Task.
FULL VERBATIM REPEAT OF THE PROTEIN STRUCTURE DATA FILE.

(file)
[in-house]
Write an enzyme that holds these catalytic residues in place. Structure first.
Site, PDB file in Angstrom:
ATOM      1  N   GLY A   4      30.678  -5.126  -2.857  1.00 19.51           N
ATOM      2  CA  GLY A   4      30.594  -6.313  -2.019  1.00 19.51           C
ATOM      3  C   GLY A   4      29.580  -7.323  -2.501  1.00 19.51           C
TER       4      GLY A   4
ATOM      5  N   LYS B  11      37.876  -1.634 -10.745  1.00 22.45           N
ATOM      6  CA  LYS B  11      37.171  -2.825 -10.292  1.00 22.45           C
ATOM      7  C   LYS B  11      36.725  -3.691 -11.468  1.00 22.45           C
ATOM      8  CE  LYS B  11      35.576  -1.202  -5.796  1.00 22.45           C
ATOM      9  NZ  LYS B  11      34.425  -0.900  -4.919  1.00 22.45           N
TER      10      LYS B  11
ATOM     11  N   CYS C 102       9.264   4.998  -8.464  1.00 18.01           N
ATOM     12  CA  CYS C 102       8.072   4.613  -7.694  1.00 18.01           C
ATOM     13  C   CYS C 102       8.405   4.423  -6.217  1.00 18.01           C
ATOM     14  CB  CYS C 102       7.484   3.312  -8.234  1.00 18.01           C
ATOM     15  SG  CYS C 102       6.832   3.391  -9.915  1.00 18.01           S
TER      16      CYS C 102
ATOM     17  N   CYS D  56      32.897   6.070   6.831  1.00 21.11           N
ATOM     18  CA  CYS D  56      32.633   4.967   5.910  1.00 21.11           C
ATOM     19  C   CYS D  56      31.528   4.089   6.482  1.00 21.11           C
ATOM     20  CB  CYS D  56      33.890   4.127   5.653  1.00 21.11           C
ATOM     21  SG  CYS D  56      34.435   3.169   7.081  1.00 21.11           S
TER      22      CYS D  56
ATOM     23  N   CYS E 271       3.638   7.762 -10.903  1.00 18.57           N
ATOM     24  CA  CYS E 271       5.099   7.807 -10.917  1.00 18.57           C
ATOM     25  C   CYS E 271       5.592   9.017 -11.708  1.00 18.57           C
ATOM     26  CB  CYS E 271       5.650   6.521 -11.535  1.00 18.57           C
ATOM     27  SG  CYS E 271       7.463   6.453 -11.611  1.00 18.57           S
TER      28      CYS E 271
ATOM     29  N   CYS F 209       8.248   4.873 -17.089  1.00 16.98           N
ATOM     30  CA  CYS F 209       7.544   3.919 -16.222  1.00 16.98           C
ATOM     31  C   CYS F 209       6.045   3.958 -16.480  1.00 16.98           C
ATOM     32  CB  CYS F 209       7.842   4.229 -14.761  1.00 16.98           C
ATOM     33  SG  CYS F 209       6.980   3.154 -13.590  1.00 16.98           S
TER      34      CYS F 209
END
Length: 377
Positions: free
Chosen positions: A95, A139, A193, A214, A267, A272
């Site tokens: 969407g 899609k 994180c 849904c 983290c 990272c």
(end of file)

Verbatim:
[in-house]
Write an enzyme that holds these catalytic residues in place. Structure first.
Site, PDB file in Angstrom:
ATOM      1  N   GLY A   4      30.678  -5.126  -2.857  1.00 19.51           N
ATOM      2  CA  GLY A   4      30.594  -6.313  -2.019  1.00 19.51           C
ATOM      3  C   GLY A   4      29.580  -7.323  -2.501  1.00 19.51           C
TER       4      GLY A   4
ATOM      5  N   LYS B  11      37.876  -1.634 -10.745  1.00 22.45           N
ATOM      6  CA  LYS B  11      37.171  -2.825 -10.292  1.00 22.45           C
ATOM      7  C   LYS B  11      36.725  -3.691 -11.468  1.00 22.45           C
ATOM      8  CE  LYS B  11      35.576  -1.202  -5.796  1.00 22.45           C
ATOM      9  NZ  LYS B  11      34.425  -0.900  -4.919  1.00 22.45           N
TER      10      LYS B  11
ATOM     11  N   CYS C 102       9.264   4.998  -8.464  1.00 18.01           N
ATOM     12  CA  CYS C 102       8.072   4.613  -7.694  1.00 18.01           C
ATOM     13  C   CYS C 102       8.405   4.423  -6.217  1.00 18.01           C
ATOM     14  CB  CYS C 102       7.484   3.312  -8.234  1.00 18.01           C
ATOM     15  SG  CYS C 102       6.832   3.391  -9.915  1.00 18.01           S
TER      16      CYS C 102
ATOM     17  N   CYS D  56      32.897   6.070   6.831  1.00 21.11           N
ATOM     18  CA  CYS D  56      32.633   4.967   5.910  1.00 21.11           C
ATOM     19  C   CYS D  56      31.528   4.089   6.482  1.00 21.11           C
ATOM     20  CB  CYS D  56      33.890   4.127   5.653  1.00 21.11           C
ATOM     21  SG  CYS D  56      34.435   3.169   7.081  1.00 21.11           S
TER      22      CYS D  56
ATOM     23  N   CYS E 271       3.638   7.762 -10.903  1.00 18.57           N
ATOM     24  CA  CYS E 271       5.099   7.807 -10.917  1.00 18.57           C
ATOM     25  C   CYS E 271       5.592   9.017 -11.708  1.00 18.57           C
ATOM     26  CB  CYS E 271       5.650   6.521 -11.535  1.00 18.57           C
ATOM     27  SG  CYS E 271       7.463   6.453 -11.611  1.00 18.57           S
TER      28      CYS E 271
ATOM     29  N   CYS F 209       8.248   4.873 -17.089  1.00 16.98           N
ATOM     30  CA  CYS F 209       7.544   3.919 -16.222  1.00 16.98           C
ATOM     31  C   CYS F 209       6.045   3.958 -16.480  1.00 16.98           C
ATOM     32  CB  CYS F 209       7.842   4.229 -14.761  1.00 16.98           C
ATOM     33  SG  CYS F 209       6.980   3.154 -13.590  1.00 16.98           S
TER      34      CYS F 209
END
Length: 377
Positions: free
Chosen positions: A95, A139, A193, A214, A267, A272
């Site tokens: 969407g 899609k 994180c 849904c 983290c 990272c």